In July of each year the IRD makes a Member Tax Credit (MTC) payment into the KiwiSaver accounts of contributing members aged between 18 and the age at which the member is entitled to receive their benefit (i.e. the latter of age 65 or after five years’ KiwiSaver membership).
For this scheme year (1 July 2012 to 30 June 2013), to claim the maximum MTC of $521.43 a member will need to have made contributions of at least $1,042 into their account. Employer contributions and government contributions do not count towards MTC ‘s.
If a member joins KiwiSaver part way through a year or turns 18 during the course of the year their MTC entitlement is pro- rated accordingly. Similarly, anyone turning 65 during the course of a year is only entitled to MTC credits for the period they were aged under 65 (unless they have been in KiwiSaver for less than five years in which case they are entitled to receive MTC’s for the full five year period).
Those contributing less than the required $1,042.86 have the option of making voluntary contributions before the end of the scheme year to ensure they maximise their MTC entitlement.
KiwiSaver Contribution rates
Employee's can contribute 3%, 4% or 8% of before-tax pay. The default rate is 3% and this is the minimum that you can contribute. If you already contribute this amount then you won't be able to pay less, unless you are eligible for a contributions holiday.
If you're not an employee (for example, you're self-employed, a contractor, not working, or receiving a benefit) then the contribution rate you have to pay will be set out in the contract you have with your KiwiSaver provider. There may be:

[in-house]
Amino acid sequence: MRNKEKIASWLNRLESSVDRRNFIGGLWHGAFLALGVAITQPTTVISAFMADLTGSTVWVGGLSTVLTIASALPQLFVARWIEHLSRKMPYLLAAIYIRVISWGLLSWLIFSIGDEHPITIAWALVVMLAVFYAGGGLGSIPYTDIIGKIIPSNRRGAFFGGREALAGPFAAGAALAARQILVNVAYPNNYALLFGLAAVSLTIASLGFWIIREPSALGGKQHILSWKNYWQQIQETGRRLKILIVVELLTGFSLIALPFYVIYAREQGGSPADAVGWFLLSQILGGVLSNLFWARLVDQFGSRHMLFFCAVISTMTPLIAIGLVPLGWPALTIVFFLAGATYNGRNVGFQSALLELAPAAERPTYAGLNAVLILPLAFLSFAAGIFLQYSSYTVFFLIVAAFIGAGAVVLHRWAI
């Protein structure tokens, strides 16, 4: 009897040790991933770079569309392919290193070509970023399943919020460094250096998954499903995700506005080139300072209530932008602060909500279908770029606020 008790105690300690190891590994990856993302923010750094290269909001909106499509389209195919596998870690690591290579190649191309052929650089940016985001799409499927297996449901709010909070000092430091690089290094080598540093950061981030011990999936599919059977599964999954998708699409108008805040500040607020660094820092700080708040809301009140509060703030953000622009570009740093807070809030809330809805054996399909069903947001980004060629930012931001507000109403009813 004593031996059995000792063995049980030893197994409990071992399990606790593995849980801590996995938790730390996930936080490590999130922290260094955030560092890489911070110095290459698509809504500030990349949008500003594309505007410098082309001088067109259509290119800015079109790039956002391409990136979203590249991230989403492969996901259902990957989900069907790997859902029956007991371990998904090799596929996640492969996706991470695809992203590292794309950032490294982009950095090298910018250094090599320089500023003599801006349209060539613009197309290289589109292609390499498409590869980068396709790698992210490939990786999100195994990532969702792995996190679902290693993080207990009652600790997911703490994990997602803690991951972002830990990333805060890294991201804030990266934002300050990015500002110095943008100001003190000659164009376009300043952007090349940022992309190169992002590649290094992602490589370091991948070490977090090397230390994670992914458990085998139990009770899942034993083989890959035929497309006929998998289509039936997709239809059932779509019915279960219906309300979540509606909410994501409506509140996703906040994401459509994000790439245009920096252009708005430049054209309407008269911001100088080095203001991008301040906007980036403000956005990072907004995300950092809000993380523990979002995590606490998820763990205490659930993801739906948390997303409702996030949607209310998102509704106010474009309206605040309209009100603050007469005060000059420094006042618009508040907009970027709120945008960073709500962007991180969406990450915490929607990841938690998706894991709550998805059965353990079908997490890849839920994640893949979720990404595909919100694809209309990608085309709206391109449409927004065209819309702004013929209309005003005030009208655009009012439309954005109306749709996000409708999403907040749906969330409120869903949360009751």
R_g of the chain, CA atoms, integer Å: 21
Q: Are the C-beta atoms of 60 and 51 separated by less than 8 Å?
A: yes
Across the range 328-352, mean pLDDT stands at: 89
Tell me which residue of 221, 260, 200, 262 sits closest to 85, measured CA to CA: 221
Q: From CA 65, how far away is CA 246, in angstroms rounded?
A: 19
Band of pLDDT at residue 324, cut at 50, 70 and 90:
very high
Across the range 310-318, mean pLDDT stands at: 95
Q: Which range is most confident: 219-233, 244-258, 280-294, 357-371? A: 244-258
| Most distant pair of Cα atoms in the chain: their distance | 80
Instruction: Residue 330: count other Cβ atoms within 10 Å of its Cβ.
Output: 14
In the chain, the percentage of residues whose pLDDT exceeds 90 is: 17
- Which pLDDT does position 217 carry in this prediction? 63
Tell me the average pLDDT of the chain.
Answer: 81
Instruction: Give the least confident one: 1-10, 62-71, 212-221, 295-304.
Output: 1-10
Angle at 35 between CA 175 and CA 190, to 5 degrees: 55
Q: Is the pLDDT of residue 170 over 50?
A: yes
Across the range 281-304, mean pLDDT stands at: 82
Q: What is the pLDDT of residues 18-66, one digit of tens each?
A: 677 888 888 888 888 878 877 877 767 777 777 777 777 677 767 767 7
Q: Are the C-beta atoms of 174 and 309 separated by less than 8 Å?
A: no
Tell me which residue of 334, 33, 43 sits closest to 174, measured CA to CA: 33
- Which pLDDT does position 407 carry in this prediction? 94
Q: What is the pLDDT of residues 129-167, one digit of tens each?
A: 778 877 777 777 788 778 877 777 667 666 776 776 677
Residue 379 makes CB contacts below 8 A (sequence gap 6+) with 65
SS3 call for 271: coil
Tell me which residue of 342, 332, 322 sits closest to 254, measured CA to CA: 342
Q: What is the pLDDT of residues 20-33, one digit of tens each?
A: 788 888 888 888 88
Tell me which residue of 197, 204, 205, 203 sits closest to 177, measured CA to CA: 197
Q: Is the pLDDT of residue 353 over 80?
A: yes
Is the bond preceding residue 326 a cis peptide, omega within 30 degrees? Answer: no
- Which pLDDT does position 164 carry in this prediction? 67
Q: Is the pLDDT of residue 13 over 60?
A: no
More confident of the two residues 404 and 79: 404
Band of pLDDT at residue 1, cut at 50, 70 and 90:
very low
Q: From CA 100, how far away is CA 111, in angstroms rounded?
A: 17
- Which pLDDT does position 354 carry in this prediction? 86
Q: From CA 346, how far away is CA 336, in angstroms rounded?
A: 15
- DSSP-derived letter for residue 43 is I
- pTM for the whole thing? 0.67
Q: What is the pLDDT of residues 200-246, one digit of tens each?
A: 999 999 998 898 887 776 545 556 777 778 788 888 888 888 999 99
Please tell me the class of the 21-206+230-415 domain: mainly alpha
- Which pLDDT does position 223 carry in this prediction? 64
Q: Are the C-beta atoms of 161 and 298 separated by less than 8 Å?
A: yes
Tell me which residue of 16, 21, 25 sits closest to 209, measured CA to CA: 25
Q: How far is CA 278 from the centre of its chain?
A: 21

- a minimum annual sum
- specific payment periods that apply, such as monthly or quarterly
KiwiSaver Scheme General Benefits
The Government will make an annual contribution towards your KiwiSaver account as long as you are a contributing member aged 18 or over in the form of Member Tax Credits, of up to $521.43 p.a.
If you're eligible, your employer will also contribute an amount equal to 3% of your pay to your KiwiSaver savings.
You may be able to withdraw some or all of your KiwiSaver savings to put towards buying your first home.
Important points for KiwiSaver members to be aware of:
- Standard withdrawals
You become eligible to withdraw all your savings as a lump sum when you qualify for NZ Super (currently at the age of 65). If you joined KiwiSaver between the age of 60 and 65, you'll be able to withdraw your savings after you've been a KiwiSaver member for 5 years. Any withdrawals from your KiwiSaver account are tax-free.
- Significant financial hardship
If you can provide evidence that you're suffering significant financial hardship, you may be able to withdraw some of your KiwiSaver savings before retirement. Significant financial hardship might include:
- You're unable to meet minimum living expenses
- You're unable to meet mortgage repayments on the home you live in, resulting in your mortgage provider enforcing the mortgage on your property
- You're modifying your home to meet special needs because of you or a dependent family member having a disability
- You'repaying for medical treatment if you or a dependent family member becomes ill, has an injury, or requires palliative care
- You're suffering from a serious illness
- You're incurring funeral costs if a dependent family member dies.
- Contributions holiday
If you're an employee, once you've been a member for 12 months you can take a break from saving - this is called a contributions holiday. A contributions holiday is for employees who want to pause from making KiwiSaver contributions from their pay.
- Under-18 Enrolled In KiwiSaver
As part of the Government 2012 Budget, the tax credit for children was repealed from 1 April 2012 and the entitlement to claim it was withdrawn in May 2012.
This means if you're a KiwiSaver member, under 18, and you start working, even if it's a part-time job, KiwiSaver contributions will be deducted from your wages. You can choose whether you'd like to contribute 3%, 4% or 8% of your pay. If you're over 18, you'll be entitled to employer contributions.
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